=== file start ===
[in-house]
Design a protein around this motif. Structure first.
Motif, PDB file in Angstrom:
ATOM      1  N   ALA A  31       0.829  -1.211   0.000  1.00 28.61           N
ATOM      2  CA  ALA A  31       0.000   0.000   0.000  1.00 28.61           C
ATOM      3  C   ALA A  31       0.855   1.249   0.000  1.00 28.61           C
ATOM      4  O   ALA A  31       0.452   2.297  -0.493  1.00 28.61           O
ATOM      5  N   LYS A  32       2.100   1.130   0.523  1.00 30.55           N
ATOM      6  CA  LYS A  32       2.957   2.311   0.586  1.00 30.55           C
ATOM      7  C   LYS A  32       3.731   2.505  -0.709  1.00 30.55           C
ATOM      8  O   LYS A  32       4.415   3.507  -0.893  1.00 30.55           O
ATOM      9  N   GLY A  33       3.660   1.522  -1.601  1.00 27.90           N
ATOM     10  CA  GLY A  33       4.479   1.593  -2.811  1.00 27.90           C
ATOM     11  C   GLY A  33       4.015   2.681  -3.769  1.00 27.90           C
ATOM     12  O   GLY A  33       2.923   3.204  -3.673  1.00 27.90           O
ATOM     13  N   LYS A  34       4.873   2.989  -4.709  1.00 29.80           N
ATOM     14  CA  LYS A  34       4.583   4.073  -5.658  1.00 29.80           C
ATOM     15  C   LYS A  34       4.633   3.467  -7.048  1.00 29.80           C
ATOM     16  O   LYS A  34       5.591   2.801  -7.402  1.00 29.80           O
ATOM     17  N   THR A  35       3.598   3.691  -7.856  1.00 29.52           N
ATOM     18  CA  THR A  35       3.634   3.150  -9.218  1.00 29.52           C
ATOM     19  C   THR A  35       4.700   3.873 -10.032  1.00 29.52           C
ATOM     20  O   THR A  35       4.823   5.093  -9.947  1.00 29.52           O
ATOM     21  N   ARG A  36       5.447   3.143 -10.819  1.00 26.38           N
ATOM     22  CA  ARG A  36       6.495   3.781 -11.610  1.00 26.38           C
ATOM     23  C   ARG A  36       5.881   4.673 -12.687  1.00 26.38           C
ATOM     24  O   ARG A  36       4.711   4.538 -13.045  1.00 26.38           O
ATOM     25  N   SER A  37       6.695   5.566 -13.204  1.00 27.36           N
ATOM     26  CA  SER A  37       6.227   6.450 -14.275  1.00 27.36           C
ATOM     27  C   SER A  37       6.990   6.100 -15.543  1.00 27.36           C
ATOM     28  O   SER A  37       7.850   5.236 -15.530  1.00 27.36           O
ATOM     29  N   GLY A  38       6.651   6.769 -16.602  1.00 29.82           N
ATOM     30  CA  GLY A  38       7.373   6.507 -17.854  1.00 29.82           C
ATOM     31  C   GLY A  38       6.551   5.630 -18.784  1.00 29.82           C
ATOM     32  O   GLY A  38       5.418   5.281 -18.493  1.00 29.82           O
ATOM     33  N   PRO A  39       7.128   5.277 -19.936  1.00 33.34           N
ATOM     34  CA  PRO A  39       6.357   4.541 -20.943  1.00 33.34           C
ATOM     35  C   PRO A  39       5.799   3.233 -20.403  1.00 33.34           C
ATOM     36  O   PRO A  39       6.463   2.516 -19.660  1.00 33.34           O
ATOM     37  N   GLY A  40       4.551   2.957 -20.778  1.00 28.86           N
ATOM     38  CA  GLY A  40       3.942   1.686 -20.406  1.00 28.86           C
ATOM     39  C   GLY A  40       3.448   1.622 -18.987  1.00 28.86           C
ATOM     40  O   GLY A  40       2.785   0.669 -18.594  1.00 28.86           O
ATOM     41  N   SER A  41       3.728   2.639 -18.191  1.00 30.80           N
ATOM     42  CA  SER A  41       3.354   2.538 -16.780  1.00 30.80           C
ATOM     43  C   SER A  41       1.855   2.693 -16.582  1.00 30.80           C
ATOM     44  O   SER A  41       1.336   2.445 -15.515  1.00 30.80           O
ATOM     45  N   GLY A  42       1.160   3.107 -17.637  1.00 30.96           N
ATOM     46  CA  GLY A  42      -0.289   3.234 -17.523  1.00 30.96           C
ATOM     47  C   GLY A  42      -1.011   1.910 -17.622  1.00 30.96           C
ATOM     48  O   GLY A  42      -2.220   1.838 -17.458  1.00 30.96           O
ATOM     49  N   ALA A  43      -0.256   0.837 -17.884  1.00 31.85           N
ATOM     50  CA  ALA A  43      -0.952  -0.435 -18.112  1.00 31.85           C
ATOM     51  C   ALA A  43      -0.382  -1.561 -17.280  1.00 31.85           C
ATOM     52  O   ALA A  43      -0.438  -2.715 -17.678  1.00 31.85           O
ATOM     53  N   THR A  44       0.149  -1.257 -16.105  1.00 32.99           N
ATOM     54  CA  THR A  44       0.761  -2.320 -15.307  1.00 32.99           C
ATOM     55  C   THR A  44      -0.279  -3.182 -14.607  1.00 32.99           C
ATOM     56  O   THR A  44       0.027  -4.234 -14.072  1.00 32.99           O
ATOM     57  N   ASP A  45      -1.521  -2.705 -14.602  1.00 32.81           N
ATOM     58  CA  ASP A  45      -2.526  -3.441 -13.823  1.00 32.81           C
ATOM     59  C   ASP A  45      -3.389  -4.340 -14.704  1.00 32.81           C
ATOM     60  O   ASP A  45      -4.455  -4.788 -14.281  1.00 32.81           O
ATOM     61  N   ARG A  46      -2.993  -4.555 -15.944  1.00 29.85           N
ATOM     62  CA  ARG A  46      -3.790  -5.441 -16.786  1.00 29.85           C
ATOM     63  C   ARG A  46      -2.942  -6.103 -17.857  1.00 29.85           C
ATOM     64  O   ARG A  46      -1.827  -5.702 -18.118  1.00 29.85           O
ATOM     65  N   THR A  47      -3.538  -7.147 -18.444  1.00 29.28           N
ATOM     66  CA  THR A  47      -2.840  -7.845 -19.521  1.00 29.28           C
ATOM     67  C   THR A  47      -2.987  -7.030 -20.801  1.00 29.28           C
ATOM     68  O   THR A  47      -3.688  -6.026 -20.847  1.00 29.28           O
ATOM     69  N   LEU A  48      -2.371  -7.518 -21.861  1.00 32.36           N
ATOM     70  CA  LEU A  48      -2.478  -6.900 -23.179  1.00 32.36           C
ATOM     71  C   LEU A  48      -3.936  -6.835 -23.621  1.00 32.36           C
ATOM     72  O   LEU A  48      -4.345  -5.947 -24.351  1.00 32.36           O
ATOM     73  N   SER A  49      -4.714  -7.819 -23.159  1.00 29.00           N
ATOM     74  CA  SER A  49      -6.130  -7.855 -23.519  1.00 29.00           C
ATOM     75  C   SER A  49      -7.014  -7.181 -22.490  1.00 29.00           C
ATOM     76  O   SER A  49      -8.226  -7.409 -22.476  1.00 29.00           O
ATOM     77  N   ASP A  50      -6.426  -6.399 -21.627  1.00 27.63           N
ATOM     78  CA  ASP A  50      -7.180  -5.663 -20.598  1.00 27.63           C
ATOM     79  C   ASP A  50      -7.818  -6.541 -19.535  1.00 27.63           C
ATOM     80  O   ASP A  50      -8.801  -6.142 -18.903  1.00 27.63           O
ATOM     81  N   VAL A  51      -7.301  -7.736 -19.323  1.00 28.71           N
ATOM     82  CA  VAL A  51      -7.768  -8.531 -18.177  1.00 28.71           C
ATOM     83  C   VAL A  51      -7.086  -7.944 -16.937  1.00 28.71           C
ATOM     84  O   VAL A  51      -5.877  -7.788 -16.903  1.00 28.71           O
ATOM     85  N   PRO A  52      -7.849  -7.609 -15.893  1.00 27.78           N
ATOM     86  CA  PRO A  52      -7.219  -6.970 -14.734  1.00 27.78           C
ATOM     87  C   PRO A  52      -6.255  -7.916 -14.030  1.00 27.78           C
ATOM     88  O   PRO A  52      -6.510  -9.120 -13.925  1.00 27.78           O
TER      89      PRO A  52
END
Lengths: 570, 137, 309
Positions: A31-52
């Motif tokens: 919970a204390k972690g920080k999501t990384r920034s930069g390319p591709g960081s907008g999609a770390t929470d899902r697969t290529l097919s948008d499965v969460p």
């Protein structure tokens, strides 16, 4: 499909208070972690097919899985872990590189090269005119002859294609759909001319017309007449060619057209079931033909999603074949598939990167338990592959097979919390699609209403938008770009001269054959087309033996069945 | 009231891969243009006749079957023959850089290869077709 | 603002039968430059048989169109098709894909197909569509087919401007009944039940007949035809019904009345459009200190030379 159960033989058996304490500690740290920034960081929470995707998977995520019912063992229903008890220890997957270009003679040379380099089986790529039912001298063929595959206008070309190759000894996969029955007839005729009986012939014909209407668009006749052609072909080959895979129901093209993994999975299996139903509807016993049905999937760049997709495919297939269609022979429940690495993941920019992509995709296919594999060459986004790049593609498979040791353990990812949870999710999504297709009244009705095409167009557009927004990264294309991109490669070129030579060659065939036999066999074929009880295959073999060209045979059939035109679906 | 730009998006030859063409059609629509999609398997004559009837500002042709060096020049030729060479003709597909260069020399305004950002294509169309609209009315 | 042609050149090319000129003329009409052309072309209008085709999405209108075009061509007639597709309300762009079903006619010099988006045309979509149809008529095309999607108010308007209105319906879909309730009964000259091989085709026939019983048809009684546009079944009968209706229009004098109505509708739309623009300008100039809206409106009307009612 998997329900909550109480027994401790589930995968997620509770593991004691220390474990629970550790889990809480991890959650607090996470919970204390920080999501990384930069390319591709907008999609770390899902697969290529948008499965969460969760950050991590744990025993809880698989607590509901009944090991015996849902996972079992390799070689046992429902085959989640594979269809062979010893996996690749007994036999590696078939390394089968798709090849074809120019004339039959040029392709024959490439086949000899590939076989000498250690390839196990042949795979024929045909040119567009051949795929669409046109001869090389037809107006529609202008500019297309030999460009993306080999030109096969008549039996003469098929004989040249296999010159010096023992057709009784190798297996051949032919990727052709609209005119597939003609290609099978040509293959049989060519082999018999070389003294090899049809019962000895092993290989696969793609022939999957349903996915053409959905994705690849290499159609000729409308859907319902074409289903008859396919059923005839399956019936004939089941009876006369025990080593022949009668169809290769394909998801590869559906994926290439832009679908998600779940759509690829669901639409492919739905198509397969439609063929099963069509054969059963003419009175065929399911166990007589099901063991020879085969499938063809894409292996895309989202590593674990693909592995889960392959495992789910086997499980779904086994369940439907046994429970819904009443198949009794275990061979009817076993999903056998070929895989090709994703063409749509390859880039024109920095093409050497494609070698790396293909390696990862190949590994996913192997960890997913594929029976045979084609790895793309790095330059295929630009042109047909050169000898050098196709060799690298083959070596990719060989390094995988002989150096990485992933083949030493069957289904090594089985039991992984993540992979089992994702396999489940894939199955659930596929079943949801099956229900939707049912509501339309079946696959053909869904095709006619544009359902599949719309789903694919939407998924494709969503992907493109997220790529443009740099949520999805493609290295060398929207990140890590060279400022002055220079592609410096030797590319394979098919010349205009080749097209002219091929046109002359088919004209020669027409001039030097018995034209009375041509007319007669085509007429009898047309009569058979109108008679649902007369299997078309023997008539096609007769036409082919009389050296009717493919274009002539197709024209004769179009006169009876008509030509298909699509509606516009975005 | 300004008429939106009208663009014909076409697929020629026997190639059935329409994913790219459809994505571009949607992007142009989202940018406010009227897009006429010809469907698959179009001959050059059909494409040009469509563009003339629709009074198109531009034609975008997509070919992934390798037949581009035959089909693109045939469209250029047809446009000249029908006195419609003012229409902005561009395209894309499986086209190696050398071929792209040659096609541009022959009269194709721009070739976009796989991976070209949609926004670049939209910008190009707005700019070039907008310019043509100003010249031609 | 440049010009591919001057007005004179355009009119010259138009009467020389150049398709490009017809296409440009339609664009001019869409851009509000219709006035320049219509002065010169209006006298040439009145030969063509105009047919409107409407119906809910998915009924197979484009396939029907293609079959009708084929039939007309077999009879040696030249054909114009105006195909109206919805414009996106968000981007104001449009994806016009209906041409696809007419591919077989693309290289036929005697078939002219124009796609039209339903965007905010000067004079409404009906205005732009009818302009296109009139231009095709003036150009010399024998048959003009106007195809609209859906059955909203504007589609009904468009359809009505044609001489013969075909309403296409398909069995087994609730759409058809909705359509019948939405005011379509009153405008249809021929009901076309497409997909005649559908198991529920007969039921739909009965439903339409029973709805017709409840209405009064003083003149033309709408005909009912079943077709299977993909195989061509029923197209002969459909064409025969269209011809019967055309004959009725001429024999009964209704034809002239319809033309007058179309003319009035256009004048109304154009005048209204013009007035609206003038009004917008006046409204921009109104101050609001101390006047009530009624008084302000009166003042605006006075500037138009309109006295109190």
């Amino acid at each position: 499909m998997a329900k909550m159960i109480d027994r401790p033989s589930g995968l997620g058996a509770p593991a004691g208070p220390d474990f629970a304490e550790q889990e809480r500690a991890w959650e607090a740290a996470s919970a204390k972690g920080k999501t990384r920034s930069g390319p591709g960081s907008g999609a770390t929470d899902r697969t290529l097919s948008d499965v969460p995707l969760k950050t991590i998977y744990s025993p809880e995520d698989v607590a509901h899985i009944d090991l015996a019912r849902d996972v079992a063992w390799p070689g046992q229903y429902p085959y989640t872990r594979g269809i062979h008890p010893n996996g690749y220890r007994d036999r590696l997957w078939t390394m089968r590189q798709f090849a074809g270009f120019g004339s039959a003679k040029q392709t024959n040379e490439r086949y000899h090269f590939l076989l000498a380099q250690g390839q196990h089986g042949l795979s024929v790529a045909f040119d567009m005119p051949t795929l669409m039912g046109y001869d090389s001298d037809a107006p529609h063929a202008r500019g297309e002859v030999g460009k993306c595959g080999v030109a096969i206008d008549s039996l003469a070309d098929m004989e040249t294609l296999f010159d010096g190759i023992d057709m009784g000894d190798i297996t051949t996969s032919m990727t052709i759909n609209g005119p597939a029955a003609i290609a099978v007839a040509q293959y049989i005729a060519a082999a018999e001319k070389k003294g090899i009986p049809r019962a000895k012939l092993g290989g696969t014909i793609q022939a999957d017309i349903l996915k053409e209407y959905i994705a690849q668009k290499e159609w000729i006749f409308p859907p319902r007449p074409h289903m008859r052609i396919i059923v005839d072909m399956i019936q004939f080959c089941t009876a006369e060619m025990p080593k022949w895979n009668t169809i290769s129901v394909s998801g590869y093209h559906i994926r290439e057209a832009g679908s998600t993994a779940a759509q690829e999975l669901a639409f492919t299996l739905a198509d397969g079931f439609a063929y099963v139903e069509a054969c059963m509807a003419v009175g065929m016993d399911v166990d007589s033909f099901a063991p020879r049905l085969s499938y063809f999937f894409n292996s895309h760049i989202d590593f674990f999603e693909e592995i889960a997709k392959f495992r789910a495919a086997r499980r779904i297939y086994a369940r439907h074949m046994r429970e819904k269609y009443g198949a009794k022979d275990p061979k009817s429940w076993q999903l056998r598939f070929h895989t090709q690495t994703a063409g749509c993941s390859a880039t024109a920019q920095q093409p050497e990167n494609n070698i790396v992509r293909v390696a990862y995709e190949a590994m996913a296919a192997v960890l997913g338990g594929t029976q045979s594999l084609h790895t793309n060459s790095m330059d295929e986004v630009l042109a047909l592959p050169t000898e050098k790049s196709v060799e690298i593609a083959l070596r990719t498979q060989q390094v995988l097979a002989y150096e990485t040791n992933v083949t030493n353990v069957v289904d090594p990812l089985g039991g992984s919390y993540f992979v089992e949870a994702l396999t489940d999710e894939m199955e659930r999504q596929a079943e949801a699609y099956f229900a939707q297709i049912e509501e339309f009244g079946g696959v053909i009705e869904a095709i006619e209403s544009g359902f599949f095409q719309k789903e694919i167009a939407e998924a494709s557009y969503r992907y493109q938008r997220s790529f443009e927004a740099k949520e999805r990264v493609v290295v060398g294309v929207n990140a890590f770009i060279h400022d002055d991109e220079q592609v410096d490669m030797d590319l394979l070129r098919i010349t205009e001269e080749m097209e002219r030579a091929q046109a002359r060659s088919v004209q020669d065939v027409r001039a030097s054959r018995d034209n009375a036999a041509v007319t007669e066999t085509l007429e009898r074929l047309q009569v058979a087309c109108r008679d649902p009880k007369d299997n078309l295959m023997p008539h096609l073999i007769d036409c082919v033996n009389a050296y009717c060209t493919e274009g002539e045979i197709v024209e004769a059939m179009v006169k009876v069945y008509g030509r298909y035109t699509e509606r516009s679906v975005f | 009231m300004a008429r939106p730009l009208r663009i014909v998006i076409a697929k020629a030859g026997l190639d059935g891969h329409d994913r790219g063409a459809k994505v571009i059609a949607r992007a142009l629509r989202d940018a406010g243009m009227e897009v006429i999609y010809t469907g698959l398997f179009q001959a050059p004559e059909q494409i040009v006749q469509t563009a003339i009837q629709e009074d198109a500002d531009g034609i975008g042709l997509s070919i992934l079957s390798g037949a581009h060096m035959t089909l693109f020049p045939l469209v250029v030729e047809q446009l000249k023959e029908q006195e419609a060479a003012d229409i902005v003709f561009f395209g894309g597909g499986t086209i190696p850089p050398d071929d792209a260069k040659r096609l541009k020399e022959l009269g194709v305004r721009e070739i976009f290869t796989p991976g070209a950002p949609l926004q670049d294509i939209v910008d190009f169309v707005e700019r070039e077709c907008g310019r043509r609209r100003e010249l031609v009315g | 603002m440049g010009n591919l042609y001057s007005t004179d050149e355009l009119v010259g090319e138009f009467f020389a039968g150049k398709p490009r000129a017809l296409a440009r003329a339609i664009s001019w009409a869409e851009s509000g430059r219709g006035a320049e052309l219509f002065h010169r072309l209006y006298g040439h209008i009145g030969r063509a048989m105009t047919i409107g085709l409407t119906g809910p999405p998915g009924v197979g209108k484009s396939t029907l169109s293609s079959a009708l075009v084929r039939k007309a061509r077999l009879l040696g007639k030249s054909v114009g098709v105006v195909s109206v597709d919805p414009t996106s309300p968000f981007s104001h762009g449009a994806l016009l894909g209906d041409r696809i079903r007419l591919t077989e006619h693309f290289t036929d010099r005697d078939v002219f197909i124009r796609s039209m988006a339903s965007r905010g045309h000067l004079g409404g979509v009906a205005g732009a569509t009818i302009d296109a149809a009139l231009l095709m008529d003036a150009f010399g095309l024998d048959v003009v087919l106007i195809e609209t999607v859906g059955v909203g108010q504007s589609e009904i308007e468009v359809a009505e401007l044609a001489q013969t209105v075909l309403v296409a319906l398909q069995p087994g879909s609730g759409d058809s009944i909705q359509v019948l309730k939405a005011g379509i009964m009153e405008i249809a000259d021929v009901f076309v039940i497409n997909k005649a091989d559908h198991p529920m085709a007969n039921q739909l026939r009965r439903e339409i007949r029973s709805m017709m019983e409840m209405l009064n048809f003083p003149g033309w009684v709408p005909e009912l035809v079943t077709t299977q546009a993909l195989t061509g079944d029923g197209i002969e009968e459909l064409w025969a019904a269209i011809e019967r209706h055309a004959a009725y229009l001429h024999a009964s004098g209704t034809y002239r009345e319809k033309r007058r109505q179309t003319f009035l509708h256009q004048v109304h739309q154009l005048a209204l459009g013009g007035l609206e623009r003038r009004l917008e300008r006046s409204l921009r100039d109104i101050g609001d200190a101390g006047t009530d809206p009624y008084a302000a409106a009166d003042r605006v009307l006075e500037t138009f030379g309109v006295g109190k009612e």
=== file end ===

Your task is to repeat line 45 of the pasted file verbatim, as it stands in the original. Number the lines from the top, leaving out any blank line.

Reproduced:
ATOM     42  CA  SER A  41       3.354   2.538 -16.780  1.00 30.80           C